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Rhuddlan Castle :

In the year 1272 AD the English King Henry III was succeeded by his son King Edward I. This did not Rhuddlan Castlebode well for the principality of Wales as Edward was determined to impose his authority on the Welsh. Llywelyn II, Prince of Wales, (Llywelyn ap Gruffydd), had other ideas and refused to pay homage to the English King.

War was declared in 1276 with the first campaigns centred on the Severn and the Dee valleys. Llywelyn was forced to retreat to the river Conwy and formally submitted to the king at Rhuddlan. Edward seized the opportunity to consolidate his conquests by building the first of his iron ring of castles. Thus were built the castles of Flint and Rhuddlan and they were to be the spring boards for King Edward's later drive into Gwynedd and the very heart-lands of Wales.

The impressive castle at Rhuddlan was built between the years of 1277 and 1282 on a site just northwest of an existing Norman motte and bailey castle (Twthill).
The building work was originally under the control of a Master Bertram but later came under the control of Master James of St George, renowned for his later work on Edward's castles at Beaumaris, Harlech, Caernarfon, and Conwy.

Impressive as the Castle is, I find Edward's determination to conquer all of Britain at any cost even more so. The castle was to be built at Rhuddlan, but the river Clwyd was not navigable for the three miles from the Irish Sea to Rhuddlan and thus did not conform to Edward's strategic plans to be able to reinforce all his fortresses by sea. No problem! Well not to a mediaeval monarch. Edward assembled 1800 ditchers from the Fenlands of England and by straightening and dredging they canalized the River Clwyd from the Irish Sea to Rhuddlan Castle.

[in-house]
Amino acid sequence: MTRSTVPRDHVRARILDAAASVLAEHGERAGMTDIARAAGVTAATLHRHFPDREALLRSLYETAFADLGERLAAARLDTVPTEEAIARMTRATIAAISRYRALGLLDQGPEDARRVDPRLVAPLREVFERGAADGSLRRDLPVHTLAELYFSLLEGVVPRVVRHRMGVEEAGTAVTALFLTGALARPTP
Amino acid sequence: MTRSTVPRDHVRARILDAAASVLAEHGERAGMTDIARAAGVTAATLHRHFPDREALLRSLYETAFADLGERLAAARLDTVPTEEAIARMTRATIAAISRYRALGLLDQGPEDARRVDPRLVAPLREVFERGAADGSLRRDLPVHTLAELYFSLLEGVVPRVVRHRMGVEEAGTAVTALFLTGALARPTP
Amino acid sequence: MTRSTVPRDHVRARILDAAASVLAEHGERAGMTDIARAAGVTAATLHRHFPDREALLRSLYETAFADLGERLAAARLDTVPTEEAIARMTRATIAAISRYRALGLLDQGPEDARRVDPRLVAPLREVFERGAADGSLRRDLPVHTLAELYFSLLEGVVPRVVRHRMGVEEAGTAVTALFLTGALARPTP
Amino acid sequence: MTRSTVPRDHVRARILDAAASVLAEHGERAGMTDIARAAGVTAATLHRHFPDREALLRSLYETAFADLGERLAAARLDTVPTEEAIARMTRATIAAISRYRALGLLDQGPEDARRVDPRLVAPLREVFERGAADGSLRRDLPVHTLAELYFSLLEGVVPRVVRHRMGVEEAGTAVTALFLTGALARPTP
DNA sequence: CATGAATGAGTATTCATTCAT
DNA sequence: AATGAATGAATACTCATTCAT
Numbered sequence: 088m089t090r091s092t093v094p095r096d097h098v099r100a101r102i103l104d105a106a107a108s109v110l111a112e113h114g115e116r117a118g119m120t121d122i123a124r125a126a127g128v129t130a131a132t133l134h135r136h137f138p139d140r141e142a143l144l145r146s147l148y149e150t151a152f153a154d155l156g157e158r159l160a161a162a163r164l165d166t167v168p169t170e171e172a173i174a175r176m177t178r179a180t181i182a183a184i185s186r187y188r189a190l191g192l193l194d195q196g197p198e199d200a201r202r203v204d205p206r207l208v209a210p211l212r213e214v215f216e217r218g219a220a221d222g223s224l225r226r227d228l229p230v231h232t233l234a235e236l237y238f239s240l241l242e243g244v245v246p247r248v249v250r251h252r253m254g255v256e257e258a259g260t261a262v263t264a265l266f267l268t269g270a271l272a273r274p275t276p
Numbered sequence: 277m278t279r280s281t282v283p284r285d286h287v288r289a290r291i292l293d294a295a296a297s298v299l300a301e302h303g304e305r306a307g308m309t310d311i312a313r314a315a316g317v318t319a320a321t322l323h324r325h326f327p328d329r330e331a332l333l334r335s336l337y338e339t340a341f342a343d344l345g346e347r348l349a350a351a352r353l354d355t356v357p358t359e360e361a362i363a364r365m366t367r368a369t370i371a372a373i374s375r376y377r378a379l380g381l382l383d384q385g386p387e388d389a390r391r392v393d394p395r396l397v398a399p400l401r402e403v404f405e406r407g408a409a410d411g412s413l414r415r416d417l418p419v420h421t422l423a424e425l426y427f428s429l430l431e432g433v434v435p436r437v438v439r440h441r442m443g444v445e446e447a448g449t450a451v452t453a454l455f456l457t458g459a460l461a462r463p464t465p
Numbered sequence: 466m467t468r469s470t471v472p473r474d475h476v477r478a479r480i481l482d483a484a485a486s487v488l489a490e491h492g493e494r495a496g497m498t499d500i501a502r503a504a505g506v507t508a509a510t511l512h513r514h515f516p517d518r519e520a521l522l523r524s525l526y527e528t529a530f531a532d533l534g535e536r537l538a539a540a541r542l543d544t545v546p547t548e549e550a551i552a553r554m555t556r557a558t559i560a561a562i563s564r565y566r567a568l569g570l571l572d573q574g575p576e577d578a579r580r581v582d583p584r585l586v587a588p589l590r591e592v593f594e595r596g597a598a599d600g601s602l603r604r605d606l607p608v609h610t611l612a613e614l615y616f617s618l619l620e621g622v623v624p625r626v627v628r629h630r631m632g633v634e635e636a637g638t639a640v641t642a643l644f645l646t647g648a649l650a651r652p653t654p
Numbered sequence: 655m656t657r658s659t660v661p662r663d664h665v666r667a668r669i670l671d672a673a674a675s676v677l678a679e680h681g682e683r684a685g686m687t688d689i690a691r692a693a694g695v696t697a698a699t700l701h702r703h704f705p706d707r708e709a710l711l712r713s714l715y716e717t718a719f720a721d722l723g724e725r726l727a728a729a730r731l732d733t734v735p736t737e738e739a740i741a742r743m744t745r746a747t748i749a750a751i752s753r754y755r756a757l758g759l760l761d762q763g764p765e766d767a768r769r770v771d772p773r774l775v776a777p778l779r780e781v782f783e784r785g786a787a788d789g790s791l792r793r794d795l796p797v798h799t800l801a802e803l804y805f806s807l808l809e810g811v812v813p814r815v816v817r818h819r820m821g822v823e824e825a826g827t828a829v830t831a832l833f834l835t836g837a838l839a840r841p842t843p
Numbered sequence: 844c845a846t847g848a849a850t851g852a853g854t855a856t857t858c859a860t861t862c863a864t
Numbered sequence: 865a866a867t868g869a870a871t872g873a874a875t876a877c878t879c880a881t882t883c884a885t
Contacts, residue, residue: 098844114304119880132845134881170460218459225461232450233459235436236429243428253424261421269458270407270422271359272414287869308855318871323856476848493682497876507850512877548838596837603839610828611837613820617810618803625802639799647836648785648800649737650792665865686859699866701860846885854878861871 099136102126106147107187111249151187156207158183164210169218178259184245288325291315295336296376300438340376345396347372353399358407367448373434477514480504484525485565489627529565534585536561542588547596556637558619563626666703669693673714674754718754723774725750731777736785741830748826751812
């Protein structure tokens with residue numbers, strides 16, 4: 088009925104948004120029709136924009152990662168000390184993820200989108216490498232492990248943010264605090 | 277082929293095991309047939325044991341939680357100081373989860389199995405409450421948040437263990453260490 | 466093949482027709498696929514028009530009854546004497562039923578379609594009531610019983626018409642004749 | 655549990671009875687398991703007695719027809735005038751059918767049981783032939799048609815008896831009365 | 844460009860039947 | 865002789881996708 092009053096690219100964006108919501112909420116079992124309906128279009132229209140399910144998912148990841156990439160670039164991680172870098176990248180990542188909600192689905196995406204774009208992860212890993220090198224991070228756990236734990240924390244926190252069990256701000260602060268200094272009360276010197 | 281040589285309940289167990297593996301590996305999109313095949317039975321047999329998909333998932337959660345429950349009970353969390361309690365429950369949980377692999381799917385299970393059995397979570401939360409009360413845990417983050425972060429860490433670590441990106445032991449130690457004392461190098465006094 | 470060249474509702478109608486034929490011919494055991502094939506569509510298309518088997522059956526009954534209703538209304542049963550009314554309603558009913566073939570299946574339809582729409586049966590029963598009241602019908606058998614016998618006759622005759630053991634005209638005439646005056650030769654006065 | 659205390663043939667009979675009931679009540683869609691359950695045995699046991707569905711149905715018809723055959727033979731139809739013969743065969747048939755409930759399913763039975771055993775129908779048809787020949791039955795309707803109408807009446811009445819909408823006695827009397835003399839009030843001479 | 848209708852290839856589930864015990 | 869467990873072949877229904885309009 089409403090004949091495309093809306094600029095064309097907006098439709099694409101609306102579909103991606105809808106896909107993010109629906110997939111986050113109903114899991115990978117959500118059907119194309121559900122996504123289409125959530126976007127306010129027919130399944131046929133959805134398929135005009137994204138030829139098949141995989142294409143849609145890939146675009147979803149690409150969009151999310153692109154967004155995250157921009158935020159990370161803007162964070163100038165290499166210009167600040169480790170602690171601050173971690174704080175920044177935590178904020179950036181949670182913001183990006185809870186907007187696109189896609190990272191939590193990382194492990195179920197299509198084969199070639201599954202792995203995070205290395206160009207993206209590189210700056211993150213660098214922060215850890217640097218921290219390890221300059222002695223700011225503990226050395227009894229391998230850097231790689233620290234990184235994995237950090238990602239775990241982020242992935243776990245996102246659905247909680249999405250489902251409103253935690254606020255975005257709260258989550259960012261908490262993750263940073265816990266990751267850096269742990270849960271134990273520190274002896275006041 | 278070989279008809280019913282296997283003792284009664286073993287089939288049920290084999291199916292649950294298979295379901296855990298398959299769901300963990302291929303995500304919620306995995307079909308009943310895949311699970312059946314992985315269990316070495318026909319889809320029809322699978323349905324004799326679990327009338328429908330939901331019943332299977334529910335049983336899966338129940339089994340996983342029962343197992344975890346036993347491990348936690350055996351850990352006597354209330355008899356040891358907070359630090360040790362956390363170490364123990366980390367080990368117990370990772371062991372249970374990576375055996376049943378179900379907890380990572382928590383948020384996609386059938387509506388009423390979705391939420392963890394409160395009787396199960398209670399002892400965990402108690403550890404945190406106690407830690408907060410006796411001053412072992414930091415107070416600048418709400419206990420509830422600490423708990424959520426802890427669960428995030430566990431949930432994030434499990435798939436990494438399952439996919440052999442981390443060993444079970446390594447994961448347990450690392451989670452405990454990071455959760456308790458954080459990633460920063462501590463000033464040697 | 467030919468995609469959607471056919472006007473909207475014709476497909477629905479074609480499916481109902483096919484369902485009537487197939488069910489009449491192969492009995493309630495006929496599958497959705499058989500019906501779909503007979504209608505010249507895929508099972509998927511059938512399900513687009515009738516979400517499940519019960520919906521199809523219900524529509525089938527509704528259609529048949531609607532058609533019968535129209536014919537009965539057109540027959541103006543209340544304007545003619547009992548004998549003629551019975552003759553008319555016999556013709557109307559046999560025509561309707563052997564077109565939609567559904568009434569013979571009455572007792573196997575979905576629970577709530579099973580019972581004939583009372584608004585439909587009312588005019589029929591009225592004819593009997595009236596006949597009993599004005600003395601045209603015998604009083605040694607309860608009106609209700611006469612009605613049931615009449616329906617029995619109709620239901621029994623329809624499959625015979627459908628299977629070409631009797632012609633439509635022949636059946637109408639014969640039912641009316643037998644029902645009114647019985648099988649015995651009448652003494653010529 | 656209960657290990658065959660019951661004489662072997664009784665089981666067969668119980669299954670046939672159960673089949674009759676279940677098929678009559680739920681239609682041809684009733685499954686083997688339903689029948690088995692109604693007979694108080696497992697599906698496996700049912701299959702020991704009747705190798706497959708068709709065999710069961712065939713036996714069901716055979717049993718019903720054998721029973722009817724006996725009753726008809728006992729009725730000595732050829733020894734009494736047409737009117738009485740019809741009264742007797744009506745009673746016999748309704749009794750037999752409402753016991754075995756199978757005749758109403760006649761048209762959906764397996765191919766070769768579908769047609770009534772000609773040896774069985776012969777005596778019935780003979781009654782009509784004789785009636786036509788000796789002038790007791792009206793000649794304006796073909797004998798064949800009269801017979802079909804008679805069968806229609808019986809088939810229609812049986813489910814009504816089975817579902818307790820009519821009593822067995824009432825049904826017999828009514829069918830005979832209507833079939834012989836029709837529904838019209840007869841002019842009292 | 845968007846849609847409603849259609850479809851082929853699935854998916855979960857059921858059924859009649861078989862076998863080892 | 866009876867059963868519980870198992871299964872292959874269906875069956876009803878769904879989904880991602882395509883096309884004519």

Edward established a borough to the north of the castle and the town of Rhuddlan echoes much of the original borough to this day.

Having established his fortresses in North Wales, at Rhuddlan and Flint, King Edward was better able to respond to the next Welsh revolt and when it came in 1282 he attacked from his base at Rhuddlan Castle and struck into the heart of  Gwynedd.
Llywelyn ap Gruffydd, Llywelyn the Last, was killed at Builth Wells and another Welsh revolt foundered on the English sword.

But this was not the end of the military history of Rhuddlan Castle as Rhuddlan came under attack in the Welsh rising of 1294, again in the Owain Glyndwr rebellion of 1400, and finally in the Civil War. The castle defences proved effective against the earlier mediaeval forces of the Glyndwr revolt but the best works of Master James of St George were unable to withstand the barrage of attacks aimed at Rhuddlan by the parliamentarian forces in the 17th Century, with Rhuddlan being forced to capitulate in 1646.

Two years later Rhuddlan Castle was partially demolished to prevent its further use.
It is now in the care of Cadw, the official guardian of the built heritage of Wales and stands proudly on the banks of the River Clwyd as testimony to both the skills of the mediaeval castle builders and to the tenacity of the Welsh in their resistance to English rule.


Directions:    [ Map of Rhuddlan Castle location ]


Location : Rhuddlan, Denbighshire, North Wales

Facilities (2007) :

Parking, toilets, baby changing facilities, on-site gift shop.
Adult - £2.90, concession - £2.50, family - £8.30
Opening times

1 April.07 - 30 Sept .07: 10.00 a.m. - 17.00 p.m 
 
1.Oct. 07 - 20. March 08: Closed 


 

Please --- click on the pictures --- below for more scenes of Rhuddlan Castle and the town of Rhuddlan.

Rhuddlan High Street looking toward the west and the foothills of Snowdonia Rhuddlan Parliament Building
Rhuddlan High Street  
Rhuddlan Parliament Building
Stone plaque commemorating the Statute of Rhuddlan St Mary's Church Rhuddlan
Stone plaque commemorating the Statute of Rhuddlan  
St Mary's Church, Rhuddlan


© All pictures copyright Bernard Wellings


 

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